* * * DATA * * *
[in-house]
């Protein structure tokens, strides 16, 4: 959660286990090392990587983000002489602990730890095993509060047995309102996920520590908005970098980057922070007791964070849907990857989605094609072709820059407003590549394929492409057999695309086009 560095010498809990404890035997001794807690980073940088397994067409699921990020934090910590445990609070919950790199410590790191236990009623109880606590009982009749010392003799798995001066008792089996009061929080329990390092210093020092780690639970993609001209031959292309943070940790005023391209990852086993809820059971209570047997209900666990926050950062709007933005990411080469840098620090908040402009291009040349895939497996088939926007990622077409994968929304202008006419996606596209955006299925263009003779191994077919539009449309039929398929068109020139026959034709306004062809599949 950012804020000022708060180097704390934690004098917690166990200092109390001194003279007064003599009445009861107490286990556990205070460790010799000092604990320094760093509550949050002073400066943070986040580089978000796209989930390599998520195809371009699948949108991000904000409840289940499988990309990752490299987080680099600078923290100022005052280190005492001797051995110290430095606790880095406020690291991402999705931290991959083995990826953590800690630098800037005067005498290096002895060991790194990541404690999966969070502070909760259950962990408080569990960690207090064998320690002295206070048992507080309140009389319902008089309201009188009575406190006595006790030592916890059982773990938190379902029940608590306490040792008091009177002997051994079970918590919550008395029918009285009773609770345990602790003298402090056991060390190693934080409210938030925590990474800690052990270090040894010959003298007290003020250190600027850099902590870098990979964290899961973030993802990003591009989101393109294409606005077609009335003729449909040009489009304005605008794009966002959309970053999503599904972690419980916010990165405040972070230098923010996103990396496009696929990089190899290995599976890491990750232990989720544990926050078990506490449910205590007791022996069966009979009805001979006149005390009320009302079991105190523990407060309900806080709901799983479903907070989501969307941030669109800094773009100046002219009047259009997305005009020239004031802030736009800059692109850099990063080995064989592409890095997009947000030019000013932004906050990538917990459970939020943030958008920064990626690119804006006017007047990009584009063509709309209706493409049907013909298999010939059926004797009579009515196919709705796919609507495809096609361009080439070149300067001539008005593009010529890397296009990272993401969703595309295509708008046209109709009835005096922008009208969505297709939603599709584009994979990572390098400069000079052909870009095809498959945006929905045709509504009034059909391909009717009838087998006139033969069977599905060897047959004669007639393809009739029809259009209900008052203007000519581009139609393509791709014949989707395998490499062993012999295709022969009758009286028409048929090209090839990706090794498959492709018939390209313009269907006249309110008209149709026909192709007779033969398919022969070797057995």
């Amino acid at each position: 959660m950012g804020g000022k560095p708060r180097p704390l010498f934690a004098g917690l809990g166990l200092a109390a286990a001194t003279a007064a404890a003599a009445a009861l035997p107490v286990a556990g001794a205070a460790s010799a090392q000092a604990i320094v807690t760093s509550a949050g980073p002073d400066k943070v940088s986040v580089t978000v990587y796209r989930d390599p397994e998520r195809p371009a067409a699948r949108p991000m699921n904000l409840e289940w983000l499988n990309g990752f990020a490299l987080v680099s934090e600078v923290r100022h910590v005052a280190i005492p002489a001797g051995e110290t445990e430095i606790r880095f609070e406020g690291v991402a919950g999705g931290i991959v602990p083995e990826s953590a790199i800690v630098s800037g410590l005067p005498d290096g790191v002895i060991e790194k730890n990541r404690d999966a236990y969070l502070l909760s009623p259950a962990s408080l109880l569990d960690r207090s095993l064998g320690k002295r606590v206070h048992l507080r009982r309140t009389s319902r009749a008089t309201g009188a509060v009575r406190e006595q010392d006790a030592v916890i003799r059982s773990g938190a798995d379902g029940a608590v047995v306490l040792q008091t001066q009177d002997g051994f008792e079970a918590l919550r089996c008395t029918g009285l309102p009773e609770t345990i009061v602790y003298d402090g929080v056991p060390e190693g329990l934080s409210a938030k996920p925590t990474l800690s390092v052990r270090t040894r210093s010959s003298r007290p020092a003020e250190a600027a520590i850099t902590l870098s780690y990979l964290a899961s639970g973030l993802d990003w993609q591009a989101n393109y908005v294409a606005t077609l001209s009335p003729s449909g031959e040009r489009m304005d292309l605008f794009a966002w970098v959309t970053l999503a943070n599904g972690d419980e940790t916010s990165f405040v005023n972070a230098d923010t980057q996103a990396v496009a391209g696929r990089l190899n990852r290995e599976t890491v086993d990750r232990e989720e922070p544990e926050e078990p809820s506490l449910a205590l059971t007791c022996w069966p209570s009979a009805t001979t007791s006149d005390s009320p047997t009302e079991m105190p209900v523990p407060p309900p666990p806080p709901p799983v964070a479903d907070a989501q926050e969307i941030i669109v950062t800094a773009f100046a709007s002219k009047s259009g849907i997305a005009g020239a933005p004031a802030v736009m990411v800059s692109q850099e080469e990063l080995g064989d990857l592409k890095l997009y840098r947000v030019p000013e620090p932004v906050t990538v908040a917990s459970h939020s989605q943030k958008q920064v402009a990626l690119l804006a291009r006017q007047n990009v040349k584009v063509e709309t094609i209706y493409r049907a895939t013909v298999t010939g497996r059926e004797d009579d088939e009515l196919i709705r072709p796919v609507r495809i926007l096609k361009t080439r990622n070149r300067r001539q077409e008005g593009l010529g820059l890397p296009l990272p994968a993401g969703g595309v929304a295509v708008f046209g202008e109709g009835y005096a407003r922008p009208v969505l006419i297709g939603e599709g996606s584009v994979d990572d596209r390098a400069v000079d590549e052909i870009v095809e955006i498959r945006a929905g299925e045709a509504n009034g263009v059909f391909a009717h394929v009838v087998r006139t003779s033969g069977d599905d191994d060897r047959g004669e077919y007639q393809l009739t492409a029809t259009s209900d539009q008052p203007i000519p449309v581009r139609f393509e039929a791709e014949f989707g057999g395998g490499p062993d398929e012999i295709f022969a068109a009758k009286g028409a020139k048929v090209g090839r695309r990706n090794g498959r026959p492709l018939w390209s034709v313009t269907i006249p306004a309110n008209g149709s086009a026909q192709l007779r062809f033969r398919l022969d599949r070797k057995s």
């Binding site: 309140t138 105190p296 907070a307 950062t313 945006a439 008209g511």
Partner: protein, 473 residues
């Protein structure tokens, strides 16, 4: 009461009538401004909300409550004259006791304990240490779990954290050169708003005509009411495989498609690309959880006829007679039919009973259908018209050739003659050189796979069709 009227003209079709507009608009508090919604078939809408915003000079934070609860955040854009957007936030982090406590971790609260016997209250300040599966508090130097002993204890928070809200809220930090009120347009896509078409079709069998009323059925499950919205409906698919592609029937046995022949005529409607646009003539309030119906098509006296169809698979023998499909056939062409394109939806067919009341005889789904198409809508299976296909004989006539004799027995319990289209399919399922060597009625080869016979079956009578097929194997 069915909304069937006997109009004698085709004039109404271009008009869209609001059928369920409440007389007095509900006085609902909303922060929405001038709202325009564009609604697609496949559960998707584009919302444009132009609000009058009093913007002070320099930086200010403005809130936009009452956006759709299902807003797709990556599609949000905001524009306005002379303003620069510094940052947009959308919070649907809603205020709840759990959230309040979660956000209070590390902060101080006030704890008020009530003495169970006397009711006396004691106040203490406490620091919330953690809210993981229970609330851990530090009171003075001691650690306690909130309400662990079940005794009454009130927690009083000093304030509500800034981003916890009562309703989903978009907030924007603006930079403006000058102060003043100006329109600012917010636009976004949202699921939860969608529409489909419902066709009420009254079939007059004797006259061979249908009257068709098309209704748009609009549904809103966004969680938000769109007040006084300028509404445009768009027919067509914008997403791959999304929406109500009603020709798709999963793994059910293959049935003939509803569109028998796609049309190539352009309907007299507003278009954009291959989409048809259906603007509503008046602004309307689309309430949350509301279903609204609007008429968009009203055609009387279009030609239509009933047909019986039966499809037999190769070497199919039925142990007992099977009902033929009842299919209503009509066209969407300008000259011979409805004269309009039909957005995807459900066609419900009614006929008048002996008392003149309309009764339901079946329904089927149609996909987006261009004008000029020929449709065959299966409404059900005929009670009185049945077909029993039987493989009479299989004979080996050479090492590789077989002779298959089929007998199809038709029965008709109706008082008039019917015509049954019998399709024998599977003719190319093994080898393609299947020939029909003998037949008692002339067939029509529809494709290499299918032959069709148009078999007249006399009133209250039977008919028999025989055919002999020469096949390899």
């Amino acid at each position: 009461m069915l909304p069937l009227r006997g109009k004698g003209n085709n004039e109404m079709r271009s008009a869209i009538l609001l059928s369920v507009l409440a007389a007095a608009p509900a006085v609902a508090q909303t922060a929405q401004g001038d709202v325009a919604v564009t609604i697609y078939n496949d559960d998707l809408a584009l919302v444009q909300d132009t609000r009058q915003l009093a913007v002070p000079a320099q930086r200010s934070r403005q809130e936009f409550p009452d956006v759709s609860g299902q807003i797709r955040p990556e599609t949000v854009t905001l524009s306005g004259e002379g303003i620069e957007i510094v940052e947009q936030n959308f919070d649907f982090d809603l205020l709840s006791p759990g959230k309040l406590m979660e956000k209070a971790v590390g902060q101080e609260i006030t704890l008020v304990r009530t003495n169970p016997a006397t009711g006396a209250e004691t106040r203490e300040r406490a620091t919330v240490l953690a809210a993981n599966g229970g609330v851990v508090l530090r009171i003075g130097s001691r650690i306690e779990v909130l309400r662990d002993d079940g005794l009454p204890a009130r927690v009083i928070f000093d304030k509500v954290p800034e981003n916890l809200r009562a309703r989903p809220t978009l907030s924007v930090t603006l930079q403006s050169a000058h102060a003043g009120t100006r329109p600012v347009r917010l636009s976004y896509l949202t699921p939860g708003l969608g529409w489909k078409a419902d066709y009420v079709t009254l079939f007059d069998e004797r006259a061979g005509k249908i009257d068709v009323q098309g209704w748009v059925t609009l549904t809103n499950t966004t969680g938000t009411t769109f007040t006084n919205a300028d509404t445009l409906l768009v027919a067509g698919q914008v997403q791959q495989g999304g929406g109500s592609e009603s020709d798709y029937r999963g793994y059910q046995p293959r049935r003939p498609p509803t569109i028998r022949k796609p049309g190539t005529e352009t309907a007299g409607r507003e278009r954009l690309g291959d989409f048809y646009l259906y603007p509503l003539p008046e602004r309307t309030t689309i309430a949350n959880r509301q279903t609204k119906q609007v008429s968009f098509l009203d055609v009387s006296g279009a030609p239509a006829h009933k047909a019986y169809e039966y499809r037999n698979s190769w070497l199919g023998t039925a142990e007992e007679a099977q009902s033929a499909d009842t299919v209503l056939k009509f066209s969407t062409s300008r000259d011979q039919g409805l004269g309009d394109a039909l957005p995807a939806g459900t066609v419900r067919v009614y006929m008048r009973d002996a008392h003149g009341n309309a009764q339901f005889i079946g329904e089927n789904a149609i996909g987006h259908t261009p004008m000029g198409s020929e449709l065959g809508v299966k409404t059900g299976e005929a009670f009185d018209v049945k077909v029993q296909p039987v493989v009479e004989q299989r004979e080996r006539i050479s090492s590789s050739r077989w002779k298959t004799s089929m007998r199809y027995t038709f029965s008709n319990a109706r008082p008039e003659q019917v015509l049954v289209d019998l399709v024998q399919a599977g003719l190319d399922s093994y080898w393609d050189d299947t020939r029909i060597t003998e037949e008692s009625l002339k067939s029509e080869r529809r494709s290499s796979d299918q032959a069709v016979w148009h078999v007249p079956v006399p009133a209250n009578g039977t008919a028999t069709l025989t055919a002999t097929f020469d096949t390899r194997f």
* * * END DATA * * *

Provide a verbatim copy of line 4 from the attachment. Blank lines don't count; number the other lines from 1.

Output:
């Binding site: 309140t138 105190p296 907070a307 950062t313 945006a439 008209g511």